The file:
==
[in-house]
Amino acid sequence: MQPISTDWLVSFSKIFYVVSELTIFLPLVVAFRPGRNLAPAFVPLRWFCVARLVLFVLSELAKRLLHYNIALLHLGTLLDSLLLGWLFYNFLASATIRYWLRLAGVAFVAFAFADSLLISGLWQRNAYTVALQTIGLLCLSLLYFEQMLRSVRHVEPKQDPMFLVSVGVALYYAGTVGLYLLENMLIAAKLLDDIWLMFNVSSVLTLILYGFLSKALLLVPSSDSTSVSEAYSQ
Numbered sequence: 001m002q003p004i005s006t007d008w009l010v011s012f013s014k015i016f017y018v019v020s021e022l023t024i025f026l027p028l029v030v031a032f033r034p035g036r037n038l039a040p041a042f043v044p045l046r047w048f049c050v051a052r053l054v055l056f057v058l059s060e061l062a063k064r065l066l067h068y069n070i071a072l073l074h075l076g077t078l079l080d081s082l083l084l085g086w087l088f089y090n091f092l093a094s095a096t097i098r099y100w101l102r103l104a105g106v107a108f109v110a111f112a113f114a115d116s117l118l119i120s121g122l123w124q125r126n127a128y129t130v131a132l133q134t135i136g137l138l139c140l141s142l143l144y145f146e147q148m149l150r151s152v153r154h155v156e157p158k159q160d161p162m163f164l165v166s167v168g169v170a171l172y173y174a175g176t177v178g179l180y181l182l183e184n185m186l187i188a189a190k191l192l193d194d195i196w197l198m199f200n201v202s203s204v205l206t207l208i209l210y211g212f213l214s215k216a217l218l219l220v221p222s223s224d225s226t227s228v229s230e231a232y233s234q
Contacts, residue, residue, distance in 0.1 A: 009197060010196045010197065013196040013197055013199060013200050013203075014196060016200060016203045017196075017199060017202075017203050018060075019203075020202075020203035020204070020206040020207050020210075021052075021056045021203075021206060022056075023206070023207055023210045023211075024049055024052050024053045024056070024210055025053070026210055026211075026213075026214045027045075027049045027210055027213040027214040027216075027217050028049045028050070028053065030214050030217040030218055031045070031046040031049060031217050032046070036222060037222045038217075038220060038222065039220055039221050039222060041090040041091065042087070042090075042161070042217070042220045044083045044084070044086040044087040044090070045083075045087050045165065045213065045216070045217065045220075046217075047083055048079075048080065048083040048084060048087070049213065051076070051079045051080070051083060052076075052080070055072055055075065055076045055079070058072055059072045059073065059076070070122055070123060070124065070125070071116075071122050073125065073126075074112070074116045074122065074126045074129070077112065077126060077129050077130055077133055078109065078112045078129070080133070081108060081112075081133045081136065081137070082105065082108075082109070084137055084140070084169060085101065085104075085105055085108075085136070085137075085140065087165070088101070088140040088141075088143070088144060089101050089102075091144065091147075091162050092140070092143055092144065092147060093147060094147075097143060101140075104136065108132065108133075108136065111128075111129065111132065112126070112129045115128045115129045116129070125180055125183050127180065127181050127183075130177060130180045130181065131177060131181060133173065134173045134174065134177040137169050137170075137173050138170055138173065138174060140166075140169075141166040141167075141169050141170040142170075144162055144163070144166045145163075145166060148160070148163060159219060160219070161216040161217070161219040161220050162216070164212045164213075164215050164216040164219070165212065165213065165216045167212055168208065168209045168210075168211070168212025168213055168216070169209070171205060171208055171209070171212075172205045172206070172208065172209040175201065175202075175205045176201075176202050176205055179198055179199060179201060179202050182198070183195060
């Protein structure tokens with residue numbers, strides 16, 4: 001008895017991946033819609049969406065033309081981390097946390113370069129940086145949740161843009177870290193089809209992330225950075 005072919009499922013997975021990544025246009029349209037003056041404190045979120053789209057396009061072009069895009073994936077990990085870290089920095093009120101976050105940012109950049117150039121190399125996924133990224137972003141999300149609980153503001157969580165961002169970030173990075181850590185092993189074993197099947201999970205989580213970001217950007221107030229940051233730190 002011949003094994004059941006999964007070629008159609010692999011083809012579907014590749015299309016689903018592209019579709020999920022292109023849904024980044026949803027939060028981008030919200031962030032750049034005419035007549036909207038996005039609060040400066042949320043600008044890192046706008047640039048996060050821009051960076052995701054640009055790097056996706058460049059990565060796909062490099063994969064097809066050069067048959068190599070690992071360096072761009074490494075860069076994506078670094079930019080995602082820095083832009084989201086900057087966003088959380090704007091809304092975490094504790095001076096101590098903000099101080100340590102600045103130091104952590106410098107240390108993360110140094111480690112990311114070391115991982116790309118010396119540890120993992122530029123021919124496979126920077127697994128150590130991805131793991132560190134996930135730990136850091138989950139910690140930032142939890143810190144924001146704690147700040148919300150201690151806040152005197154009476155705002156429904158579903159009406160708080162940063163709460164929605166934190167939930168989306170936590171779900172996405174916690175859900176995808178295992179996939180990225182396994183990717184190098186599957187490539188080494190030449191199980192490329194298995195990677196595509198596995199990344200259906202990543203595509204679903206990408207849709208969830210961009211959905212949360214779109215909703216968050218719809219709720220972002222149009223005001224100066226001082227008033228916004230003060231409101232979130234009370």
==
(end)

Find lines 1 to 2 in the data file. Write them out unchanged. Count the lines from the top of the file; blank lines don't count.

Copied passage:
[in-house]
Amino acid sequence: MQPISTDWLVSFSKIFYVVSELTIFLPLVVAFRPGRNLAPAFVPLRWFCVARLVLFVLSELAKRLLHYNIALLHLGTLLDSLLLGWLFYNFLASATIRYWLRLAGVAFVAFAFADSLLISGLWQRNAYTVALQTIGLLCLSLLYFEQMLRSVRHVEPKQDPMFLVSVGVALYYAGTVGLYLLENMLIAAKLLDDIWLMFNVSSVLTLILYGFLSKALLLVPSSDSTSVSEAYSQ